However, he remains optimistic. Aspers is also bidding for licences for smaller casinos at Middlesbrough and Brierley Hill, in Dudley, and plans to bid for up to 12 more once the locations of the casinos have been decided by the Government.

"We have a company that delivers a quality product and a world class facility," he says. "You can put an Aspers into any town or city and they would be happy to have it."


It is time to drive to Battersea power station, where Mr Aspinall is to jump into a helicopter for a quick trip to Newcastle. This is where Aspers' flagship casino, which celebrated its first anniversary in October, is located. It is a huge 45,000 sq ft casino with the capacity for 1,250 people.

"The inspiration was just looking at the casino industry and seeing what a poor product it was and really thinking there's a great opportunity to do something different in the UK," Mr Aspinall says.

"The core ethos of provincial gaming is about creating gambling dens and therefore gamblers. What I want to create with Aspers is a leisure destination which includes gambling but is essentially a fun night out. It should be part of the fabric of the entertainment of the city."


Mr Aspinall checks on progress at Aspers at the Gate Newcastle, which includes restaurants, fashionable bars and even a beauty parlour. This new style of casino certainly seems to have struck a chord with the women of Newcastle. Mr Aspinall says that average attendance for women in US casinos is around 3 per cent, but some 38 per cent of the punters at Aspers are female. The casino has 60,000 members to date with an average of 10,000 visits per week. It is on target for 500,000 visits in the year with a £50-60m drop, the amount customers place. The average spend per head is £30, which is the industry norm. "We are setting a benchmark for the future of gambling," he says. "In five years' time, the gambling landscape will be very different."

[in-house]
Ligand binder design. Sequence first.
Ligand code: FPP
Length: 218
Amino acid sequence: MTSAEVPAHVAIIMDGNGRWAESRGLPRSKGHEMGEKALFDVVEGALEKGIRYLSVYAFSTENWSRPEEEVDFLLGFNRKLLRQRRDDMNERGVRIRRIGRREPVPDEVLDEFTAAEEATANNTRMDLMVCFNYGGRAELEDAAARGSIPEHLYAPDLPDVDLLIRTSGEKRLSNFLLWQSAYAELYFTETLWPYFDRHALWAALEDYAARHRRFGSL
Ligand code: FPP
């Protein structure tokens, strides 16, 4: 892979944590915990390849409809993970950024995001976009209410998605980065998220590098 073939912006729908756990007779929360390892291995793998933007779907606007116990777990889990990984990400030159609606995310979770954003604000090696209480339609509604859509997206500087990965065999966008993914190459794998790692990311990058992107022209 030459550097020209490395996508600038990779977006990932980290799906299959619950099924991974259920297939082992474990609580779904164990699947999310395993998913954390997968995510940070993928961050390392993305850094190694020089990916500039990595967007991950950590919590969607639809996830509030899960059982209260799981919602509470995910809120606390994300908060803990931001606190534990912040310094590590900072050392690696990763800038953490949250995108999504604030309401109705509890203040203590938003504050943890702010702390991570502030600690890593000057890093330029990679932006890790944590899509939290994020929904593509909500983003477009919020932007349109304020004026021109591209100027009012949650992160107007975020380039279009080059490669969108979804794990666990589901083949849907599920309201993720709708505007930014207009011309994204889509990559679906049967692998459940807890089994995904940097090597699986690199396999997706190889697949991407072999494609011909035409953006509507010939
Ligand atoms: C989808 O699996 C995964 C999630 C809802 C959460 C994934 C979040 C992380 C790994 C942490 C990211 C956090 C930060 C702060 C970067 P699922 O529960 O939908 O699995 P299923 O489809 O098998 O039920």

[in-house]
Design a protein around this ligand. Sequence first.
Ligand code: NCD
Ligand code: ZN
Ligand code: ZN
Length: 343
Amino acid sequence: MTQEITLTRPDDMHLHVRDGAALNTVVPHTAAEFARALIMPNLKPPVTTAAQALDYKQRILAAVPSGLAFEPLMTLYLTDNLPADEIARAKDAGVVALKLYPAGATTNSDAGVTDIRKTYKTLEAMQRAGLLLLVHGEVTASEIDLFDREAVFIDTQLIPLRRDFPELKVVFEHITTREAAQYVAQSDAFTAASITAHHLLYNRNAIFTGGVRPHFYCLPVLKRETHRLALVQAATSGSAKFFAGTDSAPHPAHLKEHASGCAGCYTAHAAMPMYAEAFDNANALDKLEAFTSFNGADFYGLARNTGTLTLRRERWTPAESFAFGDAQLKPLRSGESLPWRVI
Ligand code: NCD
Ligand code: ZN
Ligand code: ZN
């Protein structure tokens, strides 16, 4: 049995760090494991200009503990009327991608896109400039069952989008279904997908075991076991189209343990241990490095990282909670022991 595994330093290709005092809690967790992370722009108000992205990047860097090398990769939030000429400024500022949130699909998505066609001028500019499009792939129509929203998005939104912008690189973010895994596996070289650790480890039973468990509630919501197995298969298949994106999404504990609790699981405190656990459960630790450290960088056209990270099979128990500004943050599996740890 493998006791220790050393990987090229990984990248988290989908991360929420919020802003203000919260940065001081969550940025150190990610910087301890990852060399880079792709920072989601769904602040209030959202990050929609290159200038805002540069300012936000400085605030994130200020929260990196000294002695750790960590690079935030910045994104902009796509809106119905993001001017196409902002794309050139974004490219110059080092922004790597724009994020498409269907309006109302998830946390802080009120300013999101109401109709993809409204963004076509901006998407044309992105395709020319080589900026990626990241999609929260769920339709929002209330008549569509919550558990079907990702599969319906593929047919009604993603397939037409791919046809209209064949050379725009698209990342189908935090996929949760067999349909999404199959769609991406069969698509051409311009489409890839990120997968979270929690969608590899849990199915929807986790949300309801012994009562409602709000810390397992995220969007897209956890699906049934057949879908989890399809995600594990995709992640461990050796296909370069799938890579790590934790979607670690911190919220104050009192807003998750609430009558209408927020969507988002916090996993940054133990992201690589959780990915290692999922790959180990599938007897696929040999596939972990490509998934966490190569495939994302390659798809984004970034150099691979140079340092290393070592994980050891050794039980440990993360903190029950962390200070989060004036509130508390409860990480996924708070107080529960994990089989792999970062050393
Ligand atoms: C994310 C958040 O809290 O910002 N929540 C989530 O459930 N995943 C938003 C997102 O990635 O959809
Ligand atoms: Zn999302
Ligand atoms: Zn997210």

Mr Aspinall takes his social responsibility towards gamblers seriously and has set up the Community Action for Responsible Gaming (CARG) programme, based on similar schemes in Australia and New Zealand. It is a voluntary not-for-profit group made up of community-based groups, police and religious groups, which carries out research on gambling and its effects on the community. It also monitors interventions with problem gamblers identified by Aspers. Mr Aspinall says it is not the casinos that create the problems but internet gambling where customers are not monitored.

"No one else is doing anything like this at all," Mr Aspinall says. Similar schemes will be implemented across all Aspers sites, including a new 50,000 sq ft casino in Swansea that will open later this year.


Back in London, Mr Aspinall calls his two older daughters by his first wife. Tansy, 17, and Clary, 14, are both at boarding school but Mr Aspinall makes sure he speaks to them every day.


At home, it is time to switch off from casinos. Mr Aspinall and his family get ready to head to Kent, where they spend every weekend at two wildlife parks he inherited from his father. Howletts, near Canterbury, is a 75-acre park with the biggest captive breeding group of gorillas in the world. It is also home to African elephants, tigers, wolves, wild dogs, small cats and rare monkeys. The second park is at Port Lympne, near Hythe. Mr Aspinall enjoyed an unconventional childhood and animals even wandered round the house. Perhaps his father's greatest legacy was this passion, which Mr Aspinall intends to pass on his own children. Little Freya already knows all the animal noises by heart.